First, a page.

Reuters – Editorial Internship

Location: London

Closing date: March 31st

Our six-week paid internships offer a crash course in hands-on reporting. Each intern will report to a senior editor and be assigned a journalist mentor to provide advice and guidance. Interns will receive several days of formal training before they start work, focused on writing skills, journalism ethics, and knowledge of a specific part of the newsroom. Interns who excel may be considered for other opportunities.

Qualifications

Reuters is keen to have interns from varied backgrounds. While a strong academic record could be an advantage, it’s not a must.

A successful candidate will have insatiable curiosity and a demonstrable passion for news. Our ideal candidate will have fluency in English and excellent writing and communications skills. A basic background in journalism, some knowledge of photography or television, an understanding of finance and the economy or additional languages could all be assets. All interns must have the legal right to work in the United Kingdom.

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Journo Jobs & Internships: Thu 12th Feb

Here’s a list of some of the latest journalism, editorial and production opportunities across the UK. Keep checking back for regular updates!

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What I Learnt On My Reuters Placement

Caption

Amber Holland did a placement with Reuters in 2013

Amber Holland gives an insight into her placement at one of the world’s most recognised news organisations…

If you’re on work experience at Reuters, your duties will very much depend on the news agenda. During my time there I had the chance to work on a variety of stories, from Nelson Mandela being admitted to hospital to the imminent arrival of Prince George.

I was taught how to use different editing platforms and was given the opportunity to edit old library footage of the former South African President into sellable packages. I also learnt several shooting techniques and found out just how hard it can be to perfect that ‘crisp but not brisk’ voice-over.

The great thing about my placement is that I wasn’t just learning new skills – I was also making a contribution to Reuters’ coverage of the stories I worked on. For example, I was involved in researching the latest trends in pregnancy fashion in anticipation of the birth of the royal baby – and when the big day happened, it was really exciting to see the figures I collated being used.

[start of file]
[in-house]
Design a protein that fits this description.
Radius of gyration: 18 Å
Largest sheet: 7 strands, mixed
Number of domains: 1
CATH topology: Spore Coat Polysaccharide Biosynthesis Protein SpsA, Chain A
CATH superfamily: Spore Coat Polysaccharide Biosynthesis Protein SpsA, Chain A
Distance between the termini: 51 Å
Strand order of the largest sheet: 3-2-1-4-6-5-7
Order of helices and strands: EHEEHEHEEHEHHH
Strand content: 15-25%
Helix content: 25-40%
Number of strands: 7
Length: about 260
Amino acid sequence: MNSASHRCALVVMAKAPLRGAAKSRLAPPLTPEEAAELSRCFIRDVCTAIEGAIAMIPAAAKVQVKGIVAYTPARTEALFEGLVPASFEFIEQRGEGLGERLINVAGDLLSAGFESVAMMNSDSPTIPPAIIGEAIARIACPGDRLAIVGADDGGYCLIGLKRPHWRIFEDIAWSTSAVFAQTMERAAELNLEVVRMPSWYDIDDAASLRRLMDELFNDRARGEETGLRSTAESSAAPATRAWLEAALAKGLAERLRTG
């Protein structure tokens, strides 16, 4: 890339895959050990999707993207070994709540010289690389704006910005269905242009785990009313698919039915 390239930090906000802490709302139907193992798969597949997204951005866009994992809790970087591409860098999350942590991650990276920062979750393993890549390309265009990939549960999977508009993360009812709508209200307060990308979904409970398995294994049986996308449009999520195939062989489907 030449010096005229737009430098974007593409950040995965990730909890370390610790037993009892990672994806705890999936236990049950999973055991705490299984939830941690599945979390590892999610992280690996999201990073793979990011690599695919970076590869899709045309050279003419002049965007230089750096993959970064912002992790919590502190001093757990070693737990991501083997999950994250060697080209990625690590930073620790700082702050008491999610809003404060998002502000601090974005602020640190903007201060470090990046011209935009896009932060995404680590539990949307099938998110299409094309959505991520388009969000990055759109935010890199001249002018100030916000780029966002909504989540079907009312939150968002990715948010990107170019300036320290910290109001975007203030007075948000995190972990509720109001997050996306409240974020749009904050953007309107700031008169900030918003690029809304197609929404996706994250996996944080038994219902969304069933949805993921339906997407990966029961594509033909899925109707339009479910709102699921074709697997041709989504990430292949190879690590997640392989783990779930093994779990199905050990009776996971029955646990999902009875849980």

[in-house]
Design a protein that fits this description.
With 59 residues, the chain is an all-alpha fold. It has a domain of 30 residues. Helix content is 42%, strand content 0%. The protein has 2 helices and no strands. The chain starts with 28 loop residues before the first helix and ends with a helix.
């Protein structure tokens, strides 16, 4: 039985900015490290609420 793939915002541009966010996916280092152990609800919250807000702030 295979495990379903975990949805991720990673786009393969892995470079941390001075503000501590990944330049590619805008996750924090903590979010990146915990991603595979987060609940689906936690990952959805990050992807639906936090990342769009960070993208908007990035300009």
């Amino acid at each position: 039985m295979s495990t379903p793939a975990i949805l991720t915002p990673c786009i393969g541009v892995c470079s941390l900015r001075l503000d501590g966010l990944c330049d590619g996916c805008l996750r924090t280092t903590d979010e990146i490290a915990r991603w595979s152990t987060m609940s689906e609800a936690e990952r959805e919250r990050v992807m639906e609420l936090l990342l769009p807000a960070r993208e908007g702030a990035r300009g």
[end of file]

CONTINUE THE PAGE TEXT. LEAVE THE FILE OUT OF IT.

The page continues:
During my placement I spent time in all different departments, from the executive floor to the heart of the newsroom. This meant my duties sometimes entailed the less glamorous activities as well, like carrying around camera stands or filing documents – but even tasks like these taught me something. As I organised countless files from photographers from all around the world, it made me appreciate the sheer scale of the Reuters newsgathering operation – so don’t dismiss the menial stuff!

You should also be prepared to take in as much as you can from every department possible. Even if your heart is totally set on being a journalist, you should try and find out what other employees within the company get up to. Spending time in the edit suites for live broadcasts, for example,  will help you understand how reports come together. 

Doing this made me realise just how important these guys are to the process – their talent is astounding and their ability to think on their feet (particularly when certain feeds might not be working) is impressive. If you ask questions you might even learn more about some of their editing techniques, which could always prove useful at a future point.

No matter what you end up doing, the key thing to understand is that there will always be opportunities to experience some really amazing things if you grab them. When in the newsroom, make sure you ask for phone numbers, email addresses and business cards. 

Then at the end of the day, drop those people a quick text saying thank you. That way they will remember you and are more likely to offer you stuff to do the next day. This really helped me pick up extra duties and it was because of this that I was lucky enough to be called back out on shoots on numerous occasions.

By continually asking if I could be of any help to anyone, I was given the opportunity to work on sound and lighting during interviews at press conferences, and even got to film the auction of Elizabeth Taylor’s wedding dress at Christies.